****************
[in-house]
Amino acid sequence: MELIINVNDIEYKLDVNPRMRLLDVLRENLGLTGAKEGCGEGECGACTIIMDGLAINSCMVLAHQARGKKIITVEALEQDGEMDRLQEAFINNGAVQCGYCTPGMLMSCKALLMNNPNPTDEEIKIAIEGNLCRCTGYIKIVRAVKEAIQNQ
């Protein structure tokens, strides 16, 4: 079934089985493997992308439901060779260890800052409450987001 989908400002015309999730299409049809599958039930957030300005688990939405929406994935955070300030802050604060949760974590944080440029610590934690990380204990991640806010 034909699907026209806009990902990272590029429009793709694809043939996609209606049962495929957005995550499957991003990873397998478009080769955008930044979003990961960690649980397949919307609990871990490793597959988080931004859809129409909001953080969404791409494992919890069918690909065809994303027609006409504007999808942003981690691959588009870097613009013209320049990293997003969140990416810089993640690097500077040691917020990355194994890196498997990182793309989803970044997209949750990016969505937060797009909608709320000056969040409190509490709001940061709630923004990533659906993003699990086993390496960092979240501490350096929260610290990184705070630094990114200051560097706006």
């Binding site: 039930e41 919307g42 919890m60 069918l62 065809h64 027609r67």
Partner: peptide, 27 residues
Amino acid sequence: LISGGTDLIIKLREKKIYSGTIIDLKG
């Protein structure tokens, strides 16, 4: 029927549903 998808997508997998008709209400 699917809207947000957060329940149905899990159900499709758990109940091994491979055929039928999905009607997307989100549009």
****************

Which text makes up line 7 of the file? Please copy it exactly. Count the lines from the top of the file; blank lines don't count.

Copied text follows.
């Protein structure tokens, strides 16, 4: 029927549903 998808997508997998008709209400 699917809207947000957060329940149905899990159900499709758990109940091994491979055929039928999905009607997307989100549009």